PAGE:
Field Supervision Training for a Screening Brief Intervention and Referral to Treatment (SBIRT) Implementation Project

Lori L. Egizio, Douglas C. Smith, Kyle Bennett, Corey Campbell, Liliane Windsor

Research output: Contribution to journalArticlepeer-review


Although field education is considered the signature pedagogy in social work, few studies examine preparing field supervisors for clinical supervision. This study describes findings from a 3-year project during which field education supervisors were trained to supervise students’ use of screening, brief intervention and referral to treatment (SBIRT) and motivational interviewing. The core components of the supervisory training model are described (i.e., didactic training, coaching, in-person visits), and self-reported field supervisor outcomes are examined using pre-training and post-training assessments. On our 30-day post training assessment, field supervisors (n = 79) reported increased personal use of motivational interviewing (86.5% vs. 73.9% at baseline) and SBIRT (43.2% vs.17.4% at baseline) in their own practice, as well as increased agency-level use of these models. Field supervisory trainings focused on implementing specific empirically-supported treatments to promote their dissemination in social work practice. The next generation of field supervisory training research should link supervisory trainings to both student performance and client-level outcomes.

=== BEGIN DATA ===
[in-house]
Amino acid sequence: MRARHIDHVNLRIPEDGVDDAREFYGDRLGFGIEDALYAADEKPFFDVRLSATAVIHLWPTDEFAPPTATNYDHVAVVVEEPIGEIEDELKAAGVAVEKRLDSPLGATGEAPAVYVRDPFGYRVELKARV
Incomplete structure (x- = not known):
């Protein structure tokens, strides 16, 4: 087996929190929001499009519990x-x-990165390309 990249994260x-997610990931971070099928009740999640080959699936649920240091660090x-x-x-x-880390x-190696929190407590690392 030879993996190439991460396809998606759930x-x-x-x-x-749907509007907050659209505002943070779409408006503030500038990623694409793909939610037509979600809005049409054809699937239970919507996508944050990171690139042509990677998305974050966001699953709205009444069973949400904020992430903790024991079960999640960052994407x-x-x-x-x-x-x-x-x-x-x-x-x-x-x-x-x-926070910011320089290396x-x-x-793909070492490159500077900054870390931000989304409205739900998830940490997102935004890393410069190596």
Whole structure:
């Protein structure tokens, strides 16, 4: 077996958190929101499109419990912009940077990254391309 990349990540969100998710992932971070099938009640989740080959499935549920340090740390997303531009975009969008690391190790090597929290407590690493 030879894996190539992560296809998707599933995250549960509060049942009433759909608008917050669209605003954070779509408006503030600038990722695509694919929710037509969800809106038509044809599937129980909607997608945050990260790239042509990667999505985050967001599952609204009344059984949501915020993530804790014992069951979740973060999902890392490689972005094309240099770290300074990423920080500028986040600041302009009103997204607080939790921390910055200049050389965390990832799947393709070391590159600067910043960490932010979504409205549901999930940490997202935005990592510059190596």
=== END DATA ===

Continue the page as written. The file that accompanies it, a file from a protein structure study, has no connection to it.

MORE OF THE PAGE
Original languageEnglish (US)
Pages (from-to)53-60
Number of pages8
JournalClinical Social Work Journal
Issue number1
StatePublished - Mar 15 2019


  • Clinical supervision
  • Empirically supported treatment
  • Evidence-based practice
  • Motivational interviewing
  • Screening brief intervention and referral to treatment
  • Substance use disorders

ASJC Scopus subject areas

  • Health(social science)
  • Public Health, Environmental and Occupational Health


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